Toyota Hybrid Synergy Drive Decal: RAC Future Car Challenge by Dominic's pics (cc) (from Flickr)

I saw where Seagate announced the next generation of their Momentus XT Hybrid (SSD & Disk) drive this week.  We haven’t discussed Hybrid drives much on this blog but it has become a viable product family.

I am not planning on describing the new drive specs here as there was an excellent review by Greg Schulz at StorageIOblog.

However, the question some in the storage industry have had is can Hybrid drives supplant data center storage.  I believe the answer to that is no and I will tell you why.

Hybrid drive secrets

The secret to Seagate’s Hybrid drive lies in its FAST technology.  It provides a sort of automated disk caching that moves frequently accessed OS or boot data to NAND/SSD providing quicker access times.

Storage subsystem caching logic has been around in storage subsystems for decade’s now, ever since the IBM 3880 Mod 11&13 storage control systems came out last century.  However, these algorithms have gotten much more sophisticated over time and today can make a significant difference in storage system performance.  This can be easily witnessed by the wide variance in storage system performance on a per disk drive basis (e.g., see my post on Latest SPC-2 results – chart of the month).

Enterprise storage use of Hybrid drives?

The problem with using Hybrid drives in enterprise storage is that caching algorithms are based on some predictability of access/reference patterns.  When you have a Hybrid drive directly connected to a server or a PC it can view a significant portion of server IO (at least to the boot/OS volume) but more importantly, that boot/OS data is statically allocated, i.e., doesn’t move around all that much.   This means that one PC session looks pretty much like the next PC session and as such, the hybrid drive can learn an awful lot about the next IO session just by remembering the last one.

However, enterprise storage IO changes significantly from one storage session (day?) to another.  Not only are the end-user generated database transactions moving around the data, but the data itself is much more dynamically allocated, i.e., moves around a lot.

Backend data movement is especially true for automated storage tiering used in subsystems that contain both SSDs and disk drives. But it’s also true in systems that map data placement using log structured file systems.  NetApp Write Anywhere File Layout (WAFL) being a prominent user of this approach but other storage systems do this as well.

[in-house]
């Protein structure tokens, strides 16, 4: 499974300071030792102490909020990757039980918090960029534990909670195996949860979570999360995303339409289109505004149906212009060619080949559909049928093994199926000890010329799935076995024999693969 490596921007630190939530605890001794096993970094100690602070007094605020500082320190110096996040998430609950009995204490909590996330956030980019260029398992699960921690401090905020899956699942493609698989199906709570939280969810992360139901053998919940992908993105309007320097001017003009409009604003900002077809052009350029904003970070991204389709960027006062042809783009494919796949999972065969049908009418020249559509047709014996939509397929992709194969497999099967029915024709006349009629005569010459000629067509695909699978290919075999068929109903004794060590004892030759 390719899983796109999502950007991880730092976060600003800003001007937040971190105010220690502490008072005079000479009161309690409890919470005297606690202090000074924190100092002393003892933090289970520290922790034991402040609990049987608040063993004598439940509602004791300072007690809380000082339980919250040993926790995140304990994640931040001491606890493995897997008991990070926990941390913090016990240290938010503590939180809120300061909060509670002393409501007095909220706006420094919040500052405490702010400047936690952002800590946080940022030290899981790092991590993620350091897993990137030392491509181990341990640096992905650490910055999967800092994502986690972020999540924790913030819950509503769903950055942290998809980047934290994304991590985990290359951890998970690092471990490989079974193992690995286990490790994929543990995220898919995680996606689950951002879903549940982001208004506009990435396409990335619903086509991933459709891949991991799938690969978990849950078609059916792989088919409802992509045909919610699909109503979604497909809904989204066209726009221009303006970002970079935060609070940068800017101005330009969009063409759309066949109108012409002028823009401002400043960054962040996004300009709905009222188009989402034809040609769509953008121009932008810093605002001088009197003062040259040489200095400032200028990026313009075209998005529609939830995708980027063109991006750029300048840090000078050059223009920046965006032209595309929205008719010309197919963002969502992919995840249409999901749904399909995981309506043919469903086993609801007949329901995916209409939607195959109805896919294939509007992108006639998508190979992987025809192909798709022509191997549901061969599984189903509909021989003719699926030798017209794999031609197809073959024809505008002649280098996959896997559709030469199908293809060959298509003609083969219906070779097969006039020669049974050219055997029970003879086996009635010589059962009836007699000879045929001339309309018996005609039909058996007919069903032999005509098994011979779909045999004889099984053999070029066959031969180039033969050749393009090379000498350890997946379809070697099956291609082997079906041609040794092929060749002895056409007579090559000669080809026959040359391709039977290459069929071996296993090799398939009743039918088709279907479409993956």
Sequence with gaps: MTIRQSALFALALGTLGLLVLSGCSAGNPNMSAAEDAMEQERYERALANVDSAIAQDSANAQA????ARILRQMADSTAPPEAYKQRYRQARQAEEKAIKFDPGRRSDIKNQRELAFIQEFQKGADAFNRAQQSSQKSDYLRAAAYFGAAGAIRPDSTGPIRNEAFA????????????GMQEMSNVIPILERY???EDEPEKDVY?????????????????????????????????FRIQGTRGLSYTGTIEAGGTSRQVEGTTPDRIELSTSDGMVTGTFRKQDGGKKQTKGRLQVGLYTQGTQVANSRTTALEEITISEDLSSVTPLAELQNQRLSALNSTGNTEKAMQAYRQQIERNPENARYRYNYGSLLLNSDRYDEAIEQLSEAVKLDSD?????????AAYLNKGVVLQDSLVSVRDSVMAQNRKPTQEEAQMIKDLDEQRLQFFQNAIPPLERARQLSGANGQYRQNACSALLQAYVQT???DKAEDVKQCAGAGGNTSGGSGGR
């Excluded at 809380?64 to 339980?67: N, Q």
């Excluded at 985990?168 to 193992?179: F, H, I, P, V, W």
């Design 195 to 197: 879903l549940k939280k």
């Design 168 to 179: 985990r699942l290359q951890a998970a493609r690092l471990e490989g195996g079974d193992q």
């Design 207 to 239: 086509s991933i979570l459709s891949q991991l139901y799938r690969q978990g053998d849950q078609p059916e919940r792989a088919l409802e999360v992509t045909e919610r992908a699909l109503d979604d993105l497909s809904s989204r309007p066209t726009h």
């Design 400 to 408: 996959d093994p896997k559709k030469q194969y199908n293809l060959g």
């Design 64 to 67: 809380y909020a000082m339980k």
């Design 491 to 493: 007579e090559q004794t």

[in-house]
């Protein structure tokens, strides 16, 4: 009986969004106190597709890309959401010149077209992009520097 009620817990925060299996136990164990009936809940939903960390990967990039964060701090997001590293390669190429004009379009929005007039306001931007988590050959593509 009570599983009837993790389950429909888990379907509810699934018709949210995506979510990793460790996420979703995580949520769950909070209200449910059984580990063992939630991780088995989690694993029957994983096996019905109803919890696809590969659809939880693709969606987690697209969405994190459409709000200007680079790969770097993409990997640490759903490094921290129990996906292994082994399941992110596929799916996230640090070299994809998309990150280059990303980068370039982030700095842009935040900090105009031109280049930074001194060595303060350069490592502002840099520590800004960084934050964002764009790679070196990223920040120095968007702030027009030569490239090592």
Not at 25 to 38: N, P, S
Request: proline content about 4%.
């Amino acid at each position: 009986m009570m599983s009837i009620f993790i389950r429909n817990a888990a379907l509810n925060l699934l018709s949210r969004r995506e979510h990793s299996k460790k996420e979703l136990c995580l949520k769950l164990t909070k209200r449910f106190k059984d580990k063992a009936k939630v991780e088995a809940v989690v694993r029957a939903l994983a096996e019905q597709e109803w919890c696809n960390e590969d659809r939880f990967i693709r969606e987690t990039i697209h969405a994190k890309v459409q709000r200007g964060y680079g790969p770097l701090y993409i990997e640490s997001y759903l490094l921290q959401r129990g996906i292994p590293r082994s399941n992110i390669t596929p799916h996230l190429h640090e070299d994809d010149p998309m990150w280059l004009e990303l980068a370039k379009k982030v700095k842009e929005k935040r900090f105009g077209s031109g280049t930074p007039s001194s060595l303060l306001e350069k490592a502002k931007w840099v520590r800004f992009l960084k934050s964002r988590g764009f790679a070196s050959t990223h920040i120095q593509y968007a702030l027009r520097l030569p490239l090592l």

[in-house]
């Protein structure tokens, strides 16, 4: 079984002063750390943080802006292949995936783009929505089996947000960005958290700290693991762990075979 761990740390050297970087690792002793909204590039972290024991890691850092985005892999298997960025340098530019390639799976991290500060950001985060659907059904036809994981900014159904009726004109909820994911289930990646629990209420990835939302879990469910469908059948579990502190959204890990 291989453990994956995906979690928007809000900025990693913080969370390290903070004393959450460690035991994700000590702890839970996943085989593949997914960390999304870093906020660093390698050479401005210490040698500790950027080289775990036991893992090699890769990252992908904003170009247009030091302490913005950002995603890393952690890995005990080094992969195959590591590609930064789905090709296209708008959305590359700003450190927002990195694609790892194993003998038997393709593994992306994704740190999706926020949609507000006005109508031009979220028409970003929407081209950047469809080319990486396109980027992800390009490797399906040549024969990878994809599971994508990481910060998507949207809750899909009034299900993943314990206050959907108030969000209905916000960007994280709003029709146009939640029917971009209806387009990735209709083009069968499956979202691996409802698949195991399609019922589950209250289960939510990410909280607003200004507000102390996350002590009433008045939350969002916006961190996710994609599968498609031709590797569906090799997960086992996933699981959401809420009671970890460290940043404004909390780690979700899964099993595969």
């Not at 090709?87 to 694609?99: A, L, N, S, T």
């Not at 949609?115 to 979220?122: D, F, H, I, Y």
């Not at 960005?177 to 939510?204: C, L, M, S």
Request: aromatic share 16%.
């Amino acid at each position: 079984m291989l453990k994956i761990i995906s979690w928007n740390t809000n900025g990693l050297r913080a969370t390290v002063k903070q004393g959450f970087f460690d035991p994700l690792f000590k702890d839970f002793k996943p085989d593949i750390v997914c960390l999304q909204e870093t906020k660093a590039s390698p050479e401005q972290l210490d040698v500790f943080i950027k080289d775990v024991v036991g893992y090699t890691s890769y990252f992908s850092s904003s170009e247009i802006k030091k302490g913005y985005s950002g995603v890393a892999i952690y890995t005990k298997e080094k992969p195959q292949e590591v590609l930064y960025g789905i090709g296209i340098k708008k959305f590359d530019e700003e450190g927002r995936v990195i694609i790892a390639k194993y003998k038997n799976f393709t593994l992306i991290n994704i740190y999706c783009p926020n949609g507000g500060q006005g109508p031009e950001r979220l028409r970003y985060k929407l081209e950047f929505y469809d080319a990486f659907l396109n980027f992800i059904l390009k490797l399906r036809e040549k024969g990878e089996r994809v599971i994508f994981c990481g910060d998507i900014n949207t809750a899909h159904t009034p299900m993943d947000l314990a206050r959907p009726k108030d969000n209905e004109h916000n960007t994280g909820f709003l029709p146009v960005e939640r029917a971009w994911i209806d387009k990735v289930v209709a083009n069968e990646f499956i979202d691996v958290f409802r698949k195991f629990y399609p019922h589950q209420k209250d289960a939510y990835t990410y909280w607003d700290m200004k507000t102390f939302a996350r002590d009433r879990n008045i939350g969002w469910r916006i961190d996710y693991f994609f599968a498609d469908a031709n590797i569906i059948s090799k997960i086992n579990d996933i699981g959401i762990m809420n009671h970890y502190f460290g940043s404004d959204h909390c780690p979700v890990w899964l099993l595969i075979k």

In addition, any fixed, permanent mapping of a user data block to a physical disk location is becoming less useful over time as advanced storage features make dynamic or virtualized mapping a necessity.  Just consider snapshots based on copy-on-write technology, all it takes is a write to have a snapshot block be moved to a different location.

Nonetheless, the main problem is that all the smarts about what is happening to data on backend storage primarily lies at the controller level not at the drive level.  This not only applies to data mapping but also end-user/application data access, as cache hits are never even seen by a drive.  As such, Hybrid drives alone don’t make much sense in enterprise storage.

Maybe, if they were intricately tied to the subsystem

I guess one way this could all work better is if the Hybrid drive caching logic were somehow controlled by the storage subsystem.  In this way, the controller could provide hints as to which disk blocks to move into NAND.  Perhaps this is a way to distribute storage tiering activity to the backend devices, without the subsystem having to do any of the heavy lifting, i.e., the hybrid drives would do all the data movement under the guidance of the controller.

I don’t think this likely because it would take industry standardization to define any new “hint” commands and they would be specific to Hybrid drives.  Barring standards, it’s an interface between one storage vendor and one drive vendor.  Probably ok if you made both storage subsystem and hybrid drives but there aren’t any vendor’s left that does both drives and the storage controllers.